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Research Report

Russia’s Quest for Strategic Identity

Stanislav Secrieru
Jean Dufourcq
Carlo Masala
Copyright Date: Nov. 1, 2006
Published by: NATO Defense College
Pages: 73
OPEN ACCESS
https://www.jstor.org/stable/resrep10345

Table of Contents

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  1. (pp. 1-2)
  2. (pp. 3-4)
  3. (pp. 5-5)
    Stanislav Secrieru
  4. (pp. 6-6)
    Cees M. COOPS
  5. (pp. 7-9)

    Since the end of the Cold War, post-Soviet Russia has experienced a profound crisis of strategic identity. Previously a self-sufficient and autonomous international actor, post-Soviet Russia not only had to rethink its domestic political and economic organizational model in depth, but also had to “confront the most significant transformation of its surrounding strategic environment in the past five centuries – the greatest change since the rise of Muscovy.”² Russia was challenged not only by the losses of strategically pivotal terrestrial and maritime strongholds, and the rise of powerful actors in its immediate vicinity, but also faced profound changes in the...

  6. (pp. 10-21)

    In times of profound crisis, the head of the state might well provide effective solutions to numerous national challenges, as was obviously the case in the past in Russia – a country with an autocratic past, weak democratic institutions and a secular tradition of personalization of power by the tsar, the leader of the Politburo, or more recently, the national President. During the so-called “time of troubles” in Russia, the role of the leader became increasingly prominent, with almost all citizens expecting a “strong hand” that would put an end to the internal chaos and make other great powers respect...

  7. (pp. 22-35)

    At the beginning of his first term in office, President Putin faced an intricate dilemma. On the one hand, he had to see how Russia - a power in retreat - could stop the decline of its position in the international system. On the other hand, his administration had to establish how to develop and improve Russia’s economic capabilities, which would allow Moscow to play from a ‘solid power’ position. His task was thus to prevent Russia’s further international decline, and at the same time to reconstitute economic power bases via internal transformation. As a pragmatic politician, President Putin sought...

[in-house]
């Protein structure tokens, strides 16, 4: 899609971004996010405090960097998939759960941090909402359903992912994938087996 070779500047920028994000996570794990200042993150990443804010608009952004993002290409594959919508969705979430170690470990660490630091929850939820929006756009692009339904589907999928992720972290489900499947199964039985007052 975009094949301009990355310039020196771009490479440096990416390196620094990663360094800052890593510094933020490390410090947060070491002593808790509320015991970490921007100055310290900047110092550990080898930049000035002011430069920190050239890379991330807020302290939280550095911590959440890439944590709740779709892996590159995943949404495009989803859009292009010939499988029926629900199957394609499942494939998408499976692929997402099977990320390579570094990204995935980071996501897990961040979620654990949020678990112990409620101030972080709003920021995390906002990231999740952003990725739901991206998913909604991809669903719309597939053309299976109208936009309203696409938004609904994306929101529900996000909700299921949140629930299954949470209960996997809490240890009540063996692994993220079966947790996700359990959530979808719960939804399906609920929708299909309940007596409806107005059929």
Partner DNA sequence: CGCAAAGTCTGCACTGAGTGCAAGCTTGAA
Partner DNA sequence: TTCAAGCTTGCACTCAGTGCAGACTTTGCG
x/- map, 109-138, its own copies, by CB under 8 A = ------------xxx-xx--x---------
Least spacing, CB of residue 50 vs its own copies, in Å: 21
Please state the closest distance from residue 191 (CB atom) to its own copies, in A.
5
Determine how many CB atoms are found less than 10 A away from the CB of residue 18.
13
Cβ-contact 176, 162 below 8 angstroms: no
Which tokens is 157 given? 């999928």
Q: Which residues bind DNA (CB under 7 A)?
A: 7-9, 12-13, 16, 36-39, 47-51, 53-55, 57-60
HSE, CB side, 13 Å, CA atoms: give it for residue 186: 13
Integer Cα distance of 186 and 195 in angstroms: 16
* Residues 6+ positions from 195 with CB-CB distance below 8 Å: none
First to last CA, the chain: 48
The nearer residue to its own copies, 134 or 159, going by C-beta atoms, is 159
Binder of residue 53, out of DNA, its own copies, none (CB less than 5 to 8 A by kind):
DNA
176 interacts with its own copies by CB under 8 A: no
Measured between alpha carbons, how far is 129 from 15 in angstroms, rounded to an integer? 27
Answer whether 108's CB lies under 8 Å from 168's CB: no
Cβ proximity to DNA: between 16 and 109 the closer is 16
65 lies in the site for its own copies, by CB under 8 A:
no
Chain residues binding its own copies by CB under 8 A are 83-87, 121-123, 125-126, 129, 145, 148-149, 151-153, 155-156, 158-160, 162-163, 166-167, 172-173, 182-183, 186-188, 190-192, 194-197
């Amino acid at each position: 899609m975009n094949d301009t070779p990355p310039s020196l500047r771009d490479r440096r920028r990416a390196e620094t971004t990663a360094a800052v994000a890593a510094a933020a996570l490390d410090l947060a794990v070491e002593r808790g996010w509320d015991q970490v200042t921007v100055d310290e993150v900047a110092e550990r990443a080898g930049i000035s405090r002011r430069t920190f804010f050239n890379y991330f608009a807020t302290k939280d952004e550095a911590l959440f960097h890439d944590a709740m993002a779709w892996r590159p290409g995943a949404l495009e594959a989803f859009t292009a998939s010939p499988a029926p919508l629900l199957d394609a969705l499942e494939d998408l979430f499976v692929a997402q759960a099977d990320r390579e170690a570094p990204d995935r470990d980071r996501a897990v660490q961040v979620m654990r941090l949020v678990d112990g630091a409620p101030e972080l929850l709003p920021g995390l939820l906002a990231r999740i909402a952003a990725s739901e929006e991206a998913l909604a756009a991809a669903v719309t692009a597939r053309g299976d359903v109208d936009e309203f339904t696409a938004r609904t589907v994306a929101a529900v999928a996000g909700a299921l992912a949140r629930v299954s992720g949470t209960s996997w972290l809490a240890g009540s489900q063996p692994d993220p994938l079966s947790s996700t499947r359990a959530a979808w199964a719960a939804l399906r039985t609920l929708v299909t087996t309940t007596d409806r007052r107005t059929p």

8. (pp. 36-51)

    At the beginning of the 21st century, multi-vectorism embodies another attempt by the Russian leadership to overcome a normative crisis and shape a new strategic identity. On a broader level, multi-vectoral strategy could be viewed as a Russian way of adjusting to the new international strategic setting, whilst also pursuing its own internal transformations in accordance with a conservative change model. However, on closer examination, multi-vectorism exposes Russia’s serious preoccupation with the inclusion/exclusion dilemma in formulation of its foreign policy. Therefore, great power motivation to secure a special role in the international system determined Russian decision-makers to search for a...

  9. (pp. 52-65)

    Only five years after the 1998 financial crisis and declaration of “sovereign default”, Russian strategic elites were displaying a triumphant disposition with regard to the country’s present and future. From 2004, the predominant sentiment on the Kremlin’s corridors is that another dramatic chapter in the history of Russian statehood has drawn to a close; Russia has become stronger internally, independent and self-confident externally.110 Therefore, Moscow reached the conclusion that Russia’s decline has been stopped and everything was set to reclaim great power status.111 Two sets of factors determined such an attitude in the Russian administration.

    On the face of it,...

  10. (pp. 66-68)

    Fifteen years after the demise of the Soviet Union, post-Soviet Russia remains an unfinished political project, caught between different historical epochs. The multi-faceted fusion of various eras of Russian history is clearly reflected in the current government’s “tsarist-style intrigues and successions, elements of Soviet-type loyalty, new-age utilitarianism and pragmatism – all becoming an impetus for mutually exclusive trends and possibilities”132 in domestic as well as foreign affairs. Therefore, due to its continuing normative crisis, in the years to come Russia will be an uneasy and constantly changing factor for all the main international players.

    In such circumstances, it would be...

  11. (pp. 69-70)
  12. (pp. 72-72)